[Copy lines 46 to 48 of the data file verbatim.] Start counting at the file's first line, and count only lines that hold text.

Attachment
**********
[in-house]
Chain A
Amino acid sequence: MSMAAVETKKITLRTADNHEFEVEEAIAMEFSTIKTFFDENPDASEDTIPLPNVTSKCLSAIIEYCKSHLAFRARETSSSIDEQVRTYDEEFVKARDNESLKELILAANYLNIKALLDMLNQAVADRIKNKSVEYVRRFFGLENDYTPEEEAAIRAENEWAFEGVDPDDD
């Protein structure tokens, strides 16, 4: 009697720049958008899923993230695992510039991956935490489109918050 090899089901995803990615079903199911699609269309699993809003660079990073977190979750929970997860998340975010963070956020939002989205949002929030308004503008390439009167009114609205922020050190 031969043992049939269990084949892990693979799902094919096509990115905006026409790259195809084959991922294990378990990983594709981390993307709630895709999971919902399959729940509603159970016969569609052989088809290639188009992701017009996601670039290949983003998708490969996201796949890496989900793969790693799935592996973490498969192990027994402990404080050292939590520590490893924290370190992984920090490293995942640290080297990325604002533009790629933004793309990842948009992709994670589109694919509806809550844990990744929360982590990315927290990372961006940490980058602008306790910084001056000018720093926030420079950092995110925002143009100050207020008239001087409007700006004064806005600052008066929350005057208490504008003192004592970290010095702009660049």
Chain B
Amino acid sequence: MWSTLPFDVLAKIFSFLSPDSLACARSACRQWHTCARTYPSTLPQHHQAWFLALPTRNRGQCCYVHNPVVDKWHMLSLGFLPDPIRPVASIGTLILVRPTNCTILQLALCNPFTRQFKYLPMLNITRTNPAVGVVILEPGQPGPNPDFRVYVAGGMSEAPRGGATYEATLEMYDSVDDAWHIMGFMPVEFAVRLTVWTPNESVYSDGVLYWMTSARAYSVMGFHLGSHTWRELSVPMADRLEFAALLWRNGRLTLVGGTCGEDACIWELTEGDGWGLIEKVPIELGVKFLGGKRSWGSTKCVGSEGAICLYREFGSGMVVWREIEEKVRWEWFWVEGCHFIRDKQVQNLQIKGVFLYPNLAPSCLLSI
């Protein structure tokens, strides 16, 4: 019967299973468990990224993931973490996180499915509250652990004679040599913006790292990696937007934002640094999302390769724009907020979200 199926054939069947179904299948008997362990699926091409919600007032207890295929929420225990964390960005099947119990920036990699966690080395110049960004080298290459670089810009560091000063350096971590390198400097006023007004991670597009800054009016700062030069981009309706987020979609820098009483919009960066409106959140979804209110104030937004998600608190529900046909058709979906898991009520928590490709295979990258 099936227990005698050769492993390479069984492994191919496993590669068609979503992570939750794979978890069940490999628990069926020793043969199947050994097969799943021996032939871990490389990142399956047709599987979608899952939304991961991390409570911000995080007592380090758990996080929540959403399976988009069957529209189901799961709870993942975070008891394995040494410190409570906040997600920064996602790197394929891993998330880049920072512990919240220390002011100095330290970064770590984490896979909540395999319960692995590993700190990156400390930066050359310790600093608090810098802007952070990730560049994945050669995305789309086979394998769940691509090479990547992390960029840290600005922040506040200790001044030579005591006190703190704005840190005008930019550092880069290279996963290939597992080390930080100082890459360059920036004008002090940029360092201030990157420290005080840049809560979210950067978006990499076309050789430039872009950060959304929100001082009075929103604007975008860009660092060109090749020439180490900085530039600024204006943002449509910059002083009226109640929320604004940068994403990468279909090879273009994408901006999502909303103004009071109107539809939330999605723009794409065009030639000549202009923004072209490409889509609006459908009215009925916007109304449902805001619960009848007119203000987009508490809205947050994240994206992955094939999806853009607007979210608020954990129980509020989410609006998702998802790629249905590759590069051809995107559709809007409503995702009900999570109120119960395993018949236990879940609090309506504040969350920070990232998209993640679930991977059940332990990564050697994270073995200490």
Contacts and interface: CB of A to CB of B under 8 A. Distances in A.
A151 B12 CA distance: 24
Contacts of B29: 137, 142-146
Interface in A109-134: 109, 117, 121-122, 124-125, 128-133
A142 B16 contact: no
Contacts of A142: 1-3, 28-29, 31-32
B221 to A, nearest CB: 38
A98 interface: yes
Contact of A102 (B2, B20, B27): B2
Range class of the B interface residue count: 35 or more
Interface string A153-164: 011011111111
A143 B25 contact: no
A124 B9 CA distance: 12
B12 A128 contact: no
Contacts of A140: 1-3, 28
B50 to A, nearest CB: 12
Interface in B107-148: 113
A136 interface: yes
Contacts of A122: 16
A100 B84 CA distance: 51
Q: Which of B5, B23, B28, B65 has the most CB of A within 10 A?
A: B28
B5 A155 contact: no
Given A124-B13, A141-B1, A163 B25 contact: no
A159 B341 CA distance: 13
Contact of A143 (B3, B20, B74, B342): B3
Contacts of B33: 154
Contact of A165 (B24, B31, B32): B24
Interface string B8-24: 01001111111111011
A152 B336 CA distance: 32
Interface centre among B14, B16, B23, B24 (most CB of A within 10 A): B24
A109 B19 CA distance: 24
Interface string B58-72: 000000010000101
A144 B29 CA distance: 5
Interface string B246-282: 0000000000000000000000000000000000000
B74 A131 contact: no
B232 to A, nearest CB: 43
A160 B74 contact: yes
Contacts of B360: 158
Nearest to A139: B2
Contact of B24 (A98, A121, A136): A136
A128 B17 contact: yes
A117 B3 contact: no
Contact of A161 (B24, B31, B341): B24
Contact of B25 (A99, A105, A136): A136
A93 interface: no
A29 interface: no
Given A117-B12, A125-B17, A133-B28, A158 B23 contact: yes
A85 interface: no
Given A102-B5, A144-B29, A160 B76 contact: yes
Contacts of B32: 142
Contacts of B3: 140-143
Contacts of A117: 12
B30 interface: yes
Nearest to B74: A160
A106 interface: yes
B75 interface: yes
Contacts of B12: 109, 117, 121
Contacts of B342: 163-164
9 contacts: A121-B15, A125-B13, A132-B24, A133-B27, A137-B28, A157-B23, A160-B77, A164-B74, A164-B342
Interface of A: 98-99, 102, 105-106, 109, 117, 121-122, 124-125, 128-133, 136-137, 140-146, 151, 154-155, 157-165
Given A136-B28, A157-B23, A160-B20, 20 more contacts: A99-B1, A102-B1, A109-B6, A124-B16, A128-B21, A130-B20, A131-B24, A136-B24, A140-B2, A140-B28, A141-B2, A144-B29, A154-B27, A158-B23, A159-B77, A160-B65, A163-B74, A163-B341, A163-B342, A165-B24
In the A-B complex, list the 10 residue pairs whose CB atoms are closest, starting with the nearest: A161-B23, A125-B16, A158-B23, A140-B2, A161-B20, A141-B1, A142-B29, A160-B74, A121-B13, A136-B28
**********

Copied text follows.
Contacts of B360: 158
Nearest to A139: B2
Contact of B24 (A98, A121, A136): A136